Seven Homeless Mammoths Wander New England


Akeem Celestine


Madeleine George

Production Team

Director: Meredith Alexander Scenic Design: Jess Fialko Costume Design: Akeem Celestine Lighting Design: Courtney Schmitz Sound Design: Elin Dejus Stage Manager: Marguerite Sugden


David Thayer Theatre


Spring 2017

Budget for this Design Area


Comments by the Designer

Seven Homeless Mammoths Wander New England is a cosmic comedy by Madeleine George. This play centers on the relationship ex-couple, a dean named Wreen and her ex-lover Greer. Greer is diagnosed with cancer and moves back into Wreen’s house. Greer is introduced to Wreen’s new partner Andromeda. This play explores “alternative kinship structures” and asks the audience to re- examine what the audience believes to be normal.

Wreen and Greer, spent their early years together and discovered that they wanted to split ways to explore other opportunities. While apart, Wreen develops a lustful relationship with a much younger woman, Andromeda. When Greer moves back into Wreen’s house, Greer sees how much has changed since they parted ways. Dean Wreen makes the effort to take care of Greer while her relationship with Andromeda begins to fall apart.

When seeing the personalities collide, I began to think about these characters as solar systems in a galaxy. The color palette for these characters also incorporated personality traits. For example, Wreen is the Dean of this New England college, and I wanted to incorporate masculine business-related colors like greys, blues and black. In contrast, Andromeda is a young woman who explores her spiritual beliefs and energies. I wanted to incorporate a lot of color and patterns into Andromedas color palette to match how enthusiastic she is. There are also characters that exist in the show that become otherworldly. Taking a look at the Caretakers color palette, I found earth tones to be very appropriate The Caretaker is the narrator of the play who likes to talk about gardening. The caretakers uses gardening tips as metaphors for handling relationship issues.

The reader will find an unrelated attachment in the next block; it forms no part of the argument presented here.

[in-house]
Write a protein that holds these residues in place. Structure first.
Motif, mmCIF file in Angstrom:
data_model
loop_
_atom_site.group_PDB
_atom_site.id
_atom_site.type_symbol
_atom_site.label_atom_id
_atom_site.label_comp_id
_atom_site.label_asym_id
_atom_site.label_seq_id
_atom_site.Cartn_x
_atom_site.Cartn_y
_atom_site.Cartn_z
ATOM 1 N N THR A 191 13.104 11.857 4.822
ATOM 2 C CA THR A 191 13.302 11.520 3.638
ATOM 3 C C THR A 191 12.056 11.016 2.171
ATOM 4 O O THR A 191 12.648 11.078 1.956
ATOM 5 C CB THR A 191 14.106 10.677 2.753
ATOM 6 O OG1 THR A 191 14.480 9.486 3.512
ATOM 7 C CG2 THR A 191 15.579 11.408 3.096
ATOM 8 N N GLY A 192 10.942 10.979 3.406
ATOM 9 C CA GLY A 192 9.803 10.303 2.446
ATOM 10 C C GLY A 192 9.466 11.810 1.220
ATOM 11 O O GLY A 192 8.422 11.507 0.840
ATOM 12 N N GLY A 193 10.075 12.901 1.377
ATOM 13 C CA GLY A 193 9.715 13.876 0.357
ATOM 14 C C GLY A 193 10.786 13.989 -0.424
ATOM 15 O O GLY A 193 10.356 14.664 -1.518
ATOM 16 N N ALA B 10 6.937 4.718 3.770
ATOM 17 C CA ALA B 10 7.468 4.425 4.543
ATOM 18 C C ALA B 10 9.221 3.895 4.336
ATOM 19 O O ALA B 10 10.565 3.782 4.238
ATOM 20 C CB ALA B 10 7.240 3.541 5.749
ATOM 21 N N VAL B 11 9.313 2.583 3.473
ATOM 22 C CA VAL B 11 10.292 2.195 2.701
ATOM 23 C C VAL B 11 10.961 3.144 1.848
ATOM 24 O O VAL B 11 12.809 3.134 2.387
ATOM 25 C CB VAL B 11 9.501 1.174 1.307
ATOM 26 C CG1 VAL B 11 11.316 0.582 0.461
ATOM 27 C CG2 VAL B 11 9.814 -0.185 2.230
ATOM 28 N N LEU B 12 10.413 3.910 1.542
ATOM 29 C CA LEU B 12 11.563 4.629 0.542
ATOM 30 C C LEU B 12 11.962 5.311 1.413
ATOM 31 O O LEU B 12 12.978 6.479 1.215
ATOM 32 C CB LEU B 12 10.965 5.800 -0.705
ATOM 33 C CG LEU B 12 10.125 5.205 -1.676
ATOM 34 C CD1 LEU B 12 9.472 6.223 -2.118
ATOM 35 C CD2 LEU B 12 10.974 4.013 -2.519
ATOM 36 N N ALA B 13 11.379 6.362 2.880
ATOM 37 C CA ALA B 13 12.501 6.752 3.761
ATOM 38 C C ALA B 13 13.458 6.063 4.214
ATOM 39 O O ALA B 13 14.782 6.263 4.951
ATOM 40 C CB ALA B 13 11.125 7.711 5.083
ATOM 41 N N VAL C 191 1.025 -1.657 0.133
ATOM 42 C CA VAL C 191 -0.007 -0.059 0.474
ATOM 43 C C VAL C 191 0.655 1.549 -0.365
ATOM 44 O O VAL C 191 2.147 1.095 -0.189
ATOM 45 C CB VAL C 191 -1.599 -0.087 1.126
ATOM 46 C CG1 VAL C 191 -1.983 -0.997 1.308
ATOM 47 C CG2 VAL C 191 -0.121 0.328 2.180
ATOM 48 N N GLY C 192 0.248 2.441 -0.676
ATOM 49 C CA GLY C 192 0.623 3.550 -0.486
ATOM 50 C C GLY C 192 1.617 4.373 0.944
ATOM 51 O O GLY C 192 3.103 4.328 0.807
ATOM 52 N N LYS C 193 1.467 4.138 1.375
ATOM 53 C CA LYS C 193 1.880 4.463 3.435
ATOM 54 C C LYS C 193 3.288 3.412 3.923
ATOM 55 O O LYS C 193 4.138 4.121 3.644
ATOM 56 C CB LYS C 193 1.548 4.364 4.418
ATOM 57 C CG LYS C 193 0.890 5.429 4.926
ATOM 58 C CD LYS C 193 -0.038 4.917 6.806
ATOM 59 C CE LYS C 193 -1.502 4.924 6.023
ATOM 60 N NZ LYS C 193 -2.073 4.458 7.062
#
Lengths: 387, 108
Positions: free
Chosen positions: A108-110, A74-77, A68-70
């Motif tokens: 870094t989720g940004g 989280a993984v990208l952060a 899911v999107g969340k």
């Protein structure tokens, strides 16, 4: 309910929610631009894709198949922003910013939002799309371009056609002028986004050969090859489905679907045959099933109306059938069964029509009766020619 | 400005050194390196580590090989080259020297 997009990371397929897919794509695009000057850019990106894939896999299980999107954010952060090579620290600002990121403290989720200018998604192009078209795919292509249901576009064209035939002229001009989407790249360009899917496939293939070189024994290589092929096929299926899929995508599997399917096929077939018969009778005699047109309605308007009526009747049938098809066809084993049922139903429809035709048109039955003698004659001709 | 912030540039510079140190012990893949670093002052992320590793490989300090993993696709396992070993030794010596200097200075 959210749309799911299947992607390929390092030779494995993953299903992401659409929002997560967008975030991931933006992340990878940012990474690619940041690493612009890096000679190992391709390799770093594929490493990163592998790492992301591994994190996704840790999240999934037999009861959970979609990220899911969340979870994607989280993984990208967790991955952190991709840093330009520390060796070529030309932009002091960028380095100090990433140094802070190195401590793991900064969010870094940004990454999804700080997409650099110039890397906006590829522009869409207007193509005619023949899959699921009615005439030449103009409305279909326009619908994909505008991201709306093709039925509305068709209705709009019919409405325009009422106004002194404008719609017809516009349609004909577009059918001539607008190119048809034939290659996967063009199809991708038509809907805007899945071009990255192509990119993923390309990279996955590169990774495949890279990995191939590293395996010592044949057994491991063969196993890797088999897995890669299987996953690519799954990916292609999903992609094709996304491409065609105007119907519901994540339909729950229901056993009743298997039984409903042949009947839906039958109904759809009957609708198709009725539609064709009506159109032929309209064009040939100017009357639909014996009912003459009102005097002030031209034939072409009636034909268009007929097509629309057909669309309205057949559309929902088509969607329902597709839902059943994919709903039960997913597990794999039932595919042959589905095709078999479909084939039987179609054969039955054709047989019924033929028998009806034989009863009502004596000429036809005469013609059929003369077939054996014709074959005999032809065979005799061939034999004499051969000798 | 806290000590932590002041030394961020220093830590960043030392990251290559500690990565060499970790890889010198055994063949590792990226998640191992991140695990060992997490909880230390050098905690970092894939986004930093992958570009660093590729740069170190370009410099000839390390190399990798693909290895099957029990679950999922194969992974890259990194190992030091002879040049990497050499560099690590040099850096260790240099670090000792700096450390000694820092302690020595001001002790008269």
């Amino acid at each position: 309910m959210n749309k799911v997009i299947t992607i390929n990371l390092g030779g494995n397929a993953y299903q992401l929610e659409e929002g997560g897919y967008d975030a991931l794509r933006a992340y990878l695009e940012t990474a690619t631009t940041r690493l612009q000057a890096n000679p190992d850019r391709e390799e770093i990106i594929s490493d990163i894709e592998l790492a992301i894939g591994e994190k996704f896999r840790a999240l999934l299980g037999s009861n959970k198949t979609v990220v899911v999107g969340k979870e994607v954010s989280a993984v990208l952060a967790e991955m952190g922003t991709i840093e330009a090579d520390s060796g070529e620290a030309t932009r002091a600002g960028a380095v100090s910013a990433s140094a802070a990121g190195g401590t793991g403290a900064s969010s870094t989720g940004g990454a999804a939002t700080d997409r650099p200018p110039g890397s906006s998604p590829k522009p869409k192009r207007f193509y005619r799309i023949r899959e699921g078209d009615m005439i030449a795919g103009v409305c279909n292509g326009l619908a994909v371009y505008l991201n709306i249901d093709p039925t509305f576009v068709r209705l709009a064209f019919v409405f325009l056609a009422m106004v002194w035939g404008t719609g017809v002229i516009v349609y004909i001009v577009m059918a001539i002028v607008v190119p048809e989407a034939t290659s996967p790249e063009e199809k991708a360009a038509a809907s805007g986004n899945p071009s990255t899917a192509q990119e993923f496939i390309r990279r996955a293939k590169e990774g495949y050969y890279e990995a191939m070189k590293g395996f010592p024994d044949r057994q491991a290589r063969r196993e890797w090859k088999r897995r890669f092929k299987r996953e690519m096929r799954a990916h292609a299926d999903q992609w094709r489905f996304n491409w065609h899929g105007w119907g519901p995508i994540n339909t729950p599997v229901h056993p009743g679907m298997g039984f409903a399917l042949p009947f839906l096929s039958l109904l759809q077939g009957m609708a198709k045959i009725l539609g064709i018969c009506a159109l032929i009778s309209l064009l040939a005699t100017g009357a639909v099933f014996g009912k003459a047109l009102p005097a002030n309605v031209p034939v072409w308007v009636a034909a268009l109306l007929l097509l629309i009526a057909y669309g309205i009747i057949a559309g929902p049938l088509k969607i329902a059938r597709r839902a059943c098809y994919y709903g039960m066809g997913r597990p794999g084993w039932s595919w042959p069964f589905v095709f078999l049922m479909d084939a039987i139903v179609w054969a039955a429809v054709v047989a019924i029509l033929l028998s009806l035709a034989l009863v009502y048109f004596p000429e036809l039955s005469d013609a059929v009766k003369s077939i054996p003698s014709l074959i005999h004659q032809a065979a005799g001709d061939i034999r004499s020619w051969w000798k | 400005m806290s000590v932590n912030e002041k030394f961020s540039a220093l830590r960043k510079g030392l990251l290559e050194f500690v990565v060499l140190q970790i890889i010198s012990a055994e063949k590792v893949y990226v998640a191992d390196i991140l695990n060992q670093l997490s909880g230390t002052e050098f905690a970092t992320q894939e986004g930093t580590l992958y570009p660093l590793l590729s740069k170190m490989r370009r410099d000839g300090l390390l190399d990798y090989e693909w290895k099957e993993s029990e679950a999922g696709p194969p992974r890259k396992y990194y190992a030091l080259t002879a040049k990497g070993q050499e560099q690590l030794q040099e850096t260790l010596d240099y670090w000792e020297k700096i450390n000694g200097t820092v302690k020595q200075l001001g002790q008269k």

As time passes, the planned museum closing brings up emotions and past moments that characters have shared at the museum. To protest the museum closing, Andromeda creates a mammoth costume that causes chaos and laughter. The last two characters of the play are the Earl Man characters, who are a part of the museum diorama. The Early Man characters reflect society and mimic the contemporary conversations of museum patrons. In the last moments of the play, the roles become reversed. The Early Man characters become animated and Dean Wreen, Greer, and Andromeda become the display for the Early Man characters to comment on. In this moment, I want the Early Man characters to have characteristics of Dear Wreen and Greer from their early years together as if it where the first day that they met each other at the museum. In that final scene we freeze in a moment of expansion. The roof of the world created has opened and the ideas presented at the beginning.

When it came to the mammoth puppet, I looked into what a mammoth would look like is someone tried to make it in a children’s craft class. My assistant has a background in mask and puppet making and I wanted to put those skills to good use. Making a conscious effort to not mimic a real mammoth on stage we get the comedy of the show going while Andromeda walked in on Wreen and Greer kissing.

Overall, the work and time that went into designing this production was very informative. With a $2500 budget and a costume shop staff to help execute the design I was able to focus on being a designer. I learned of the many ways a designer can communicate with other designers and those who are not designers. I learned that the vision is the most important idea that needs to be conveyed and having the skill to show that vision are crucial. I was happy with the outcome of the production because I was able to think on my feet and design according to the need of the script and desires of the director.

Student Type



Copyright 2017 Akeem Celestine